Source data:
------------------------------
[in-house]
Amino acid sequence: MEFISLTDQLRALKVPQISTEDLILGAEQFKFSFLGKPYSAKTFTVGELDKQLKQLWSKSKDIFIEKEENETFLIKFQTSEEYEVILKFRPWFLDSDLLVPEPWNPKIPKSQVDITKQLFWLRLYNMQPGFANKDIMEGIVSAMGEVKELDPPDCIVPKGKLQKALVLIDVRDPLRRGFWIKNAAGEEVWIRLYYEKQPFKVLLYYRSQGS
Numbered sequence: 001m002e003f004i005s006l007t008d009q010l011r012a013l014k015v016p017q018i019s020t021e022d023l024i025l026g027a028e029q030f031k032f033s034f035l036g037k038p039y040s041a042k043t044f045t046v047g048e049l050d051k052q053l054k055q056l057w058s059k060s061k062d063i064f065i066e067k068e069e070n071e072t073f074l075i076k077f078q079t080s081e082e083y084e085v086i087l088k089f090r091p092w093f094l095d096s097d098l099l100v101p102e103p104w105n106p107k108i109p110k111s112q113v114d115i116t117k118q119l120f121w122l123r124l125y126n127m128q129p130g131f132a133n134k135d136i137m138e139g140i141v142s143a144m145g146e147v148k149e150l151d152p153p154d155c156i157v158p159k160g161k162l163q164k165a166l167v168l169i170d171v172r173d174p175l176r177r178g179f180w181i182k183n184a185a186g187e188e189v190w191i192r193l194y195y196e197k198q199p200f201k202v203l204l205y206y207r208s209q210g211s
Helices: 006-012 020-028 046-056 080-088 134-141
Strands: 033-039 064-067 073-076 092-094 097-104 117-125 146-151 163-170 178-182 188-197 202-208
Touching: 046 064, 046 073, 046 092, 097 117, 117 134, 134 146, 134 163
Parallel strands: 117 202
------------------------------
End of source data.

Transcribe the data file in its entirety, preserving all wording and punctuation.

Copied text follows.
[in-house]
Amino acid sequence: MEFISLTDQLRALKVPQISTEDLILGAEQFKFSFLGKPYSAKTFTVGELDKQLKQLWSKSKDIFIEKEENETFLIKFQTSEEYEVILKFRPWFLDSDLLVPEPWNPKIPKSQVDITKQLFWLRLYNMQPGFANKDIMEGIVSAMGEVKELDPPDCIVPKGKLQKALVLIDVRDPLRRGFWIKNAAGEEVWIRLYYEKQPFKVLLYYRSQGS
Numbered sequence: 001m002e003f004i005s006l007t008d009q010l011r012a013l014k015v016p017q018i019s020t021e022d023l024i025l026g027a028e029q030f031k032f033s034f035l036g037k038p039y040s041a042k043t044f045t046v047g048e049l050d051k052q053l054k055q056l057w058s059k060s061k062d063i064f065i066e067k068e069e070n071e072t073f074l075i076k077f078q079t080s081e082e083y084e085v086i087l088k089f090r091p092w093f094l095d096s097d098l099l100v101p102e103p104w105n106p107k108i109p110k111s112q113v114d115i116t117k118q119l120f121w122l123r124l125y126n127m128q129p130g131f132a133n134k135d136i137m138e139g140i141v142s143a144m145g146e147v148k149e150l151d152p153p154d155c156i157v158p159k160g161k162l163q164k165a166l167v168l169i170d171v172r173d174p175l176r177r178g179f180w181i182k183n184a185a186g187e188e189v190w191i192r193l194y195y196e197k198q199p200f201k202v203l204l205y206y207r208s209q210g211s
Helices: 006-012 020-028 046-056 080-088 134-141
Strands: 033-039 064-067 073-076 092-094 097-104 117-125 146-151 163-170 178-182 188-197 202-208
Touching: 046 064, 046 073, 046 092, 097 117, 117 134, 134 146, 134 163
Parallel strands: 117 202